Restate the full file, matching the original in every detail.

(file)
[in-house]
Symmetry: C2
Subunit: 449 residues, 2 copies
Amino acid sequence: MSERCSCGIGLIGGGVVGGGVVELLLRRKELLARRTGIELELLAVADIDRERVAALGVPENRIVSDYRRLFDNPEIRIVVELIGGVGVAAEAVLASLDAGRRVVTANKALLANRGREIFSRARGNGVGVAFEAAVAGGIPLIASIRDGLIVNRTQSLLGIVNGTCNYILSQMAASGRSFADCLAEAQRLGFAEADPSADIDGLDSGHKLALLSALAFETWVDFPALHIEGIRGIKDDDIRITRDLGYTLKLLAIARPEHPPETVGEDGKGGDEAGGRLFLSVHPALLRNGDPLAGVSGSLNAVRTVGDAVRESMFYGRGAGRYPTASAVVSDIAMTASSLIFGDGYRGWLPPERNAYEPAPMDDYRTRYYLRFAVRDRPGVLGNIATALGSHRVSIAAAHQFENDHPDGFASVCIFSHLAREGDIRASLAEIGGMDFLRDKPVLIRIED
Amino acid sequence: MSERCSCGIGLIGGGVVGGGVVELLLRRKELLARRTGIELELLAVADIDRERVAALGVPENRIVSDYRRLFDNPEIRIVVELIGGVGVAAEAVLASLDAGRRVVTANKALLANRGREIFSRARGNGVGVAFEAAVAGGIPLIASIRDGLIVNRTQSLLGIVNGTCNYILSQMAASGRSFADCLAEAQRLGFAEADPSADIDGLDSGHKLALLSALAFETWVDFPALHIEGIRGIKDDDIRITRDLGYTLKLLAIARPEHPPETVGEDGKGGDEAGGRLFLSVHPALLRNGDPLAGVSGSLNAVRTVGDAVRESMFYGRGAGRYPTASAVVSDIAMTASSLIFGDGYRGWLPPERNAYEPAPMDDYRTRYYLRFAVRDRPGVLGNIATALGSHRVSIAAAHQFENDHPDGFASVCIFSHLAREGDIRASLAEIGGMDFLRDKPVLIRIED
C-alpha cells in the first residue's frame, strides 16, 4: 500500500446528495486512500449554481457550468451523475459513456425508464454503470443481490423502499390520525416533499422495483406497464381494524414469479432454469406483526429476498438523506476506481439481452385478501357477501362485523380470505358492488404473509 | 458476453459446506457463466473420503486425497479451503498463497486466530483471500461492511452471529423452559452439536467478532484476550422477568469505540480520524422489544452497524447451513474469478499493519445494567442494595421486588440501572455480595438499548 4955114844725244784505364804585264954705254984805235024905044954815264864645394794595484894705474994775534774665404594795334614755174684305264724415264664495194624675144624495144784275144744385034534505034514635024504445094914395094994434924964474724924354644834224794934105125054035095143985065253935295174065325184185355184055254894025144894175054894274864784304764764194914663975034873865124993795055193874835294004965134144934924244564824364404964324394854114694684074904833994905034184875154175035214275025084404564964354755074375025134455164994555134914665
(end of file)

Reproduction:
[in-house]
Symmetry: C2
Subunit: 449 residues, 2 copies
Amino acid sequence: MSERCSCGIGLIGGGVVGGGVVELLLRRKELLARRTGIELELLAVADIDRERVAALGVPENRIVSDYRRLFDNPEIRIVVELIGGVGVAAEAVLASLDAGRRVVTANKALLANRGREIFSRARGNGVGVAFEAAVAGGIPLIASIRDGLIVNRTQSLLGIVNGTCNYILSQMAASGRSFADCLAEAQRLGFAEADPSADIDGLDSGHKLALLSALAFETWVDFPALHIEGIRGIKDDDIRITRDLGYTLKLLAIARPEHPPETVGEDGKGGDEAGGRLFLSVHPALLRNGDPLAGVSGSLNAVRTVGDAVRESMFYGRGAGRYPTASAVVSDIAMTASSLIFGDGYRGWLPPERNAYEPAPMDDYRTRYYLRFAVRDRPGVLGNIATALGSHRVSIAAAHQFENDHPDGFASVCIFSHLAREGDIRASLAEIGGMDFLRDKPVLIRIED
Amino acid sequence: MSERCSCGIGLIGGGVVGGGVVELLLRRKELLARRTGIELELLAVADIDRERVAALGVPENRIVSDYRRLFDNPEIRIVVELIGGVGVAAEAVLASLDAGRRVVTANKALLANRGREIFSRARGNGVGVAFEAAVAGGIPLIASIRDGLIVNRTQSLLGIVNGTCNYILSQMAASGRSFADCLAEAQRLGFAEADPSADIDGLDSGHKLALLSALAFETWVDFPALHIEGIRGIKDDDIRITRDLGYTLKLLAIARPEHPPETVGEDGKGGDEAGGRLFLSVHPALLRNGDPLAGVSGSLNAVRTVGDAVRESMFYGRGAGRYPTASAVVSDIAMTASSLIFGDGYRGWLPPERNAYEPAPMDDYRTRYYLRFAVRDRPGVLGNIATALGSHRVSIAAAHQFENDHPDGFASVCIFSHLAREGDIRASLAEIGGMDFLRDKPVLIRIED
C-alpha cells in the first residue's frame, strides 16, 4: 500500500446528495486512500449554481457550468451523475459513456425508464454503470443481490423502499390520525416533499422495483406497464381494524414469479432454469406483526429476498438523506476506481439481452385478501357477501362485523380470505358492488404473509 | 458476453459446506457463466473420503486425497479451503498463497486466530483471500461492511452471529423452559452439536467478532484476550422477568469505540480520524422489544452497524447451513474469478499493519445494567442494595421486588440501572455480595438499548 4955114844725244784505364804585264954705254984805235024905044954815264864645394794595484894705474994775534774665404594795334614755174684305264724415264664495194624675144624495144784275144744385034534505034514635024504445094914395094994434924964474724924354644834224794934105125054035095143985065253935295174065325184185355184055254894025144894175054894274864784304764764194914663975034873865124993795055193874835294004965134144934924244564824364404964324394854114694684074904833994905034184875154175035214275025084404564964354755074375025134455164994555134914665